When you are not accustomed to swimming with fins and you overdo it, it is easy to end up with cramps in your legs. Although they can be very painful, they are also easy to relieve.
To ease the pain of a cramp, straighten your leg as much as possible, then grab the tip of your fin and pull it towards you. This action will usually help relieve the cramp very quickly. Relax for a moment or try a different swimming position, such as on your back or side.
Safety is the first step in the strategic planning that has to be taken whenever you are out on a snorkeling trip into the sea or ocean as there are numerous obstacles lying in wait in the depths and who knows what they have in store but what acts in your favor are some of the best snorkeling masks that cover your face and allow you to breathe normally as the oxygen tank supplies oxygen to your body regularly while you are in the water.
You can help your dive partner to relieve a cramp in a similar way. Have him or her relax on the surface on their back with their snorkel out of the mouth. Place your hand under their calf, grab the tip of the fin, and push the tip of the fin towards their body. Once the cramp is relieved they should rest for a few moments before trying to swim and use a different swimming position from what they were using when the cramp set in.
Whenever you swim, snorkel, or dive, your body has a natural reaction to being immersed in the water, causing you to produce more urine that you would on land. The colder the water, the more pronounced this reaction and the more urine you will produce. When you urinate, you lose body water. If you’re in the tropics and you sweat when you’re out of water, you lose additional moisture.
To avoid dehydration, it’s important to drink more fluids than you would normally. Drink water, fruit juices, or soft drinks to restore lost fluids. Avoid alcohol prior to or during snorkeling.
But what about in the water you ask? To avoid entanglement underwater, keep an eye out for lines, nets, and aquatic plants. These objects can become snagged on your gear, but it’s usually a simple matter to disengage them and clear yourself.
Although it’s rare for divers to become completely tangled up in kelp or lines, these obstructions become more of a problem when the water is murky and the visibility is poor. This is one reason why divers carry knives with them underwater.
There are specific techniques for skin diving in and around kelp which are easy to learn and will help you avoid entanglement. In California, the most interesting diving is in the kelp, because this is where most of the marine life is found.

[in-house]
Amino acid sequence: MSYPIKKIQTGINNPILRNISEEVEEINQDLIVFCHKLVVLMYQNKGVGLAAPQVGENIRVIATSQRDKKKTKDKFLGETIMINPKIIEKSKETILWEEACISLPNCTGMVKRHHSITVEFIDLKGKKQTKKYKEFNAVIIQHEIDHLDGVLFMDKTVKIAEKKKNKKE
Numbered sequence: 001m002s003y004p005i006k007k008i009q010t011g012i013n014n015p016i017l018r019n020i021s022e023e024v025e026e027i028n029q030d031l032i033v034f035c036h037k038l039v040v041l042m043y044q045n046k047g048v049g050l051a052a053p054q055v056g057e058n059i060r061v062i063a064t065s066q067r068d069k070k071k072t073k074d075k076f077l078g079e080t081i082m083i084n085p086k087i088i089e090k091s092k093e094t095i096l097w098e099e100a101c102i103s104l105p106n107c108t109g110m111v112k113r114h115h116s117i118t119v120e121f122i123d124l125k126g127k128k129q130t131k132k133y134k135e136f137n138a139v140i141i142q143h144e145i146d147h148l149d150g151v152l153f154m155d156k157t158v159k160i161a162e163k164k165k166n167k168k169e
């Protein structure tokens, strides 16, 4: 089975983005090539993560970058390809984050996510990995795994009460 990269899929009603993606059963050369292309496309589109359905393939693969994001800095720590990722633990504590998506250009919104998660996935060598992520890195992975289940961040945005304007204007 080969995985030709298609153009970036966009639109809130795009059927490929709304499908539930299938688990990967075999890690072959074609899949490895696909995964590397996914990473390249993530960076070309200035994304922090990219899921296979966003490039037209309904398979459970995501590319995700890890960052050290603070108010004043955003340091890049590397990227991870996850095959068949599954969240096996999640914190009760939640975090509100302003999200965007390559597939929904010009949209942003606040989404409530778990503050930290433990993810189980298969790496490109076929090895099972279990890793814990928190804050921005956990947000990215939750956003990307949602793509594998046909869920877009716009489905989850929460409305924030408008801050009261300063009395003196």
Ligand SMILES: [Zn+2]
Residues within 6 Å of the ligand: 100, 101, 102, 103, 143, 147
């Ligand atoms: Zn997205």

To avoid having your gear snag on anything underwater, it’s important to streamline your equipment as much as possible. Any piece of gear that sticks out at an odd angle can snag on seaweed, coral, parts of a shipwreck, and similar items. Streamlining will also help you to swim more quickly and easily.
If you do find yourself caught on some type of obstruction, it’s important to remain calm and not panic. Usually, if you back up slowly, the snag will free itself, but if you panic and thrash about, you may make the situation worse.
When backing up doesn’t free you, carefully use your knife to cut the obstruction away. You can also try dropping your weight belt if you are wearing one. In a situation like this, a competent diving partner who is watching you from the surface is invaluable.
Drowning is a risk for anyone who plays in or on the water, but most drownings occur because people violate one or more water safety rules. In snorkeling and skin diving, you wear equipment that helps make swimming easier. However, this equipment should not be a crutch for poor swimming ability. You must be able to survive in the water comfortably even if you lose your mask, fins, and snorkel.
As long as you are floating on the surface your chances of drowning are greatly reduced. For this reason, when you are not swimming underwater, you should always maintain positive buoyancy through careful weighting or the use of your snorkeling vest. If you find yourself exhausted, your first action should always be to get rid of any weights that you are wearing. In most cases, they can be recovered later.
If you should ever feel faint or otherwise unwell while you are in the water, take your weight belt off and hold it in your hand. If you pass out, you’ll drop it and float upwards. Every snorkeler and skin diver should take a water safety course as well as a CPR and first aid course. If you have children who snorkel or skin dive, these courses become twice as important.